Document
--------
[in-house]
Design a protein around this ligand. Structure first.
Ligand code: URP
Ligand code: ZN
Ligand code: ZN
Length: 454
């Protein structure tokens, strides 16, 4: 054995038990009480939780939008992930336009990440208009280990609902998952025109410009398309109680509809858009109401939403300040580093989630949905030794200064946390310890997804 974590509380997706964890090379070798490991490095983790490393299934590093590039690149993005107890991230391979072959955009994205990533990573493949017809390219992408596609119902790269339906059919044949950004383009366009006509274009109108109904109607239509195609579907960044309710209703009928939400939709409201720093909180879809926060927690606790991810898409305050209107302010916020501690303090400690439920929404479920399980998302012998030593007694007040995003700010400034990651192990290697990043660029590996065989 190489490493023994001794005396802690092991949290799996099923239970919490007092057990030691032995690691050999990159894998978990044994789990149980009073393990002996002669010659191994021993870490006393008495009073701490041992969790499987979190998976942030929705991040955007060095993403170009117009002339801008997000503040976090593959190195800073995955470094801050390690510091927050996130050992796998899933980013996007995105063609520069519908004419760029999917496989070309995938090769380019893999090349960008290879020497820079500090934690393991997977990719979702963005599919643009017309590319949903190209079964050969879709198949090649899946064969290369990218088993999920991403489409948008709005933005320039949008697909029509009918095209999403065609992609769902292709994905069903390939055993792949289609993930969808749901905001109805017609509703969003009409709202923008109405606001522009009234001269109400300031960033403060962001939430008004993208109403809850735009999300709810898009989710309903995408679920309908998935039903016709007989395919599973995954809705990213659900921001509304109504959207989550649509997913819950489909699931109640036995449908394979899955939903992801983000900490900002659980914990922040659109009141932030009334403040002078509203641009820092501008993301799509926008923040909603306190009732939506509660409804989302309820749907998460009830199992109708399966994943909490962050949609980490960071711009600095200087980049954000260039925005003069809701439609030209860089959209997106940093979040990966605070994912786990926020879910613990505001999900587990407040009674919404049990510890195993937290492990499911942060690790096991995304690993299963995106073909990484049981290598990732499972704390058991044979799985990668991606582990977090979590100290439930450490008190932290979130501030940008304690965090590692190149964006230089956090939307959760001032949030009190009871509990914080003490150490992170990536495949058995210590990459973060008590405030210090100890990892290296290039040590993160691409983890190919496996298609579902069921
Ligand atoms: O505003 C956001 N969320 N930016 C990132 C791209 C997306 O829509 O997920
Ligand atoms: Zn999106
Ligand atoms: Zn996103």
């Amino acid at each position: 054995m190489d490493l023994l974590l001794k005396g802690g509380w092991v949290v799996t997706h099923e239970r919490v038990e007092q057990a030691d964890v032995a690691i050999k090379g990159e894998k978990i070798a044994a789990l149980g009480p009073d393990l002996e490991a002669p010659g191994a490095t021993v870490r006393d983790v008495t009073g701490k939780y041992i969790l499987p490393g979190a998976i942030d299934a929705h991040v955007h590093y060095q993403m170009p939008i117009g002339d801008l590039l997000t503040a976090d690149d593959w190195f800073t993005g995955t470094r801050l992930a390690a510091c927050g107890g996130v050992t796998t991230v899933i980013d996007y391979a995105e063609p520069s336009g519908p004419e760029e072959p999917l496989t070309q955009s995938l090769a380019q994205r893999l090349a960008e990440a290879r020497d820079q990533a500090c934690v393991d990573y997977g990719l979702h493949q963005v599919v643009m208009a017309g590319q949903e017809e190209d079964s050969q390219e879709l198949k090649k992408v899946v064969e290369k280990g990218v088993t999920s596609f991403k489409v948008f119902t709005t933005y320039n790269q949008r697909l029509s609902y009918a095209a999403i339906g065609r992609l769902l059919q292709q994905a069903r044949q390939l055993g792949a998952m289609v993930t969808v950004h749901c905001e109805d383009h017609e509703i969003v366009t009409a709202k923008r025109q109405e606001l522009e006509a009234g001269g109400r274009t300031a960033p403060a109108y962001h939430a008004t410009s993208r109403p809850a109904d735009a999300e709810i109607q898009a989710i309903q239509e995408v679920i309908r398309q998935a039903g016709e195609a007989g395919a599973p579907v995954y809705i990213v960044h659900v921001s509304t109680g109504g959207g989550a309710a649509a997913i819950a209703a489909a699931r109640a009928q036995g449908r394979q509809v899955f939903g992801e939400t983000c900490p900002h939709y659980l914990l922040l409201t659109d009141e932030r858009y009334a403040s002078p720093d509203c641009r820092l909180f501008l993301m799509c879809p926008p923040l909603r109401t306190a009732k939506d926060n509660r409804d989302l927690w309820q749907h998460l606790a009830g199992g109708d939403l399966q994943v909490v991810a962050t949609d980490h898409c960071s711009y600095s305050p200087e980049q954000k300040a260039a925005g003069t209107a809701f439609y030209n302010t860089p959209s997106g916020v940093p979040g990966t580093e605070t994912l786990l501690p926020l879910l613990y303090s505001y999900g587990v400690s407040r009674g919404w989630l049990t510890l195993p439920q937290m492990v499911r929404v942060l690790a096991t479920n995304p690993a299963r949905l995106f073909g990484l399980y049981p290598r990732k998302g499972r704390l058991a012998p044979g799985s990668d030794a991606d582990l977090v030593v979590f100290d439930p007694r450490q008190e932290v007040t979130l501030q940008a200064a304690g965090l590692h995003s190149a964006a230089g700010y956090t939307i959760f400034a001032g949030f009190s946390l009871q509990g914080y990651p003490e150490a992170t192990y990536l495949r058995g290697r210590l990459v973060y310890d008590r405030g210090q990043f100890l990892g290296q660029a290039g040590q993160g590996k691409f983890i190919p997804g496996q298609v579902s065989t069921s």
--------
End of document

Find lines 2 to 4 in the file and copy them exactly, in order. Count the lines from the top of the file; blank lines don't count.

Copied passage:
Design a protein around this ligand. Structure first.
Ligand code: URP
Ligand code: ZN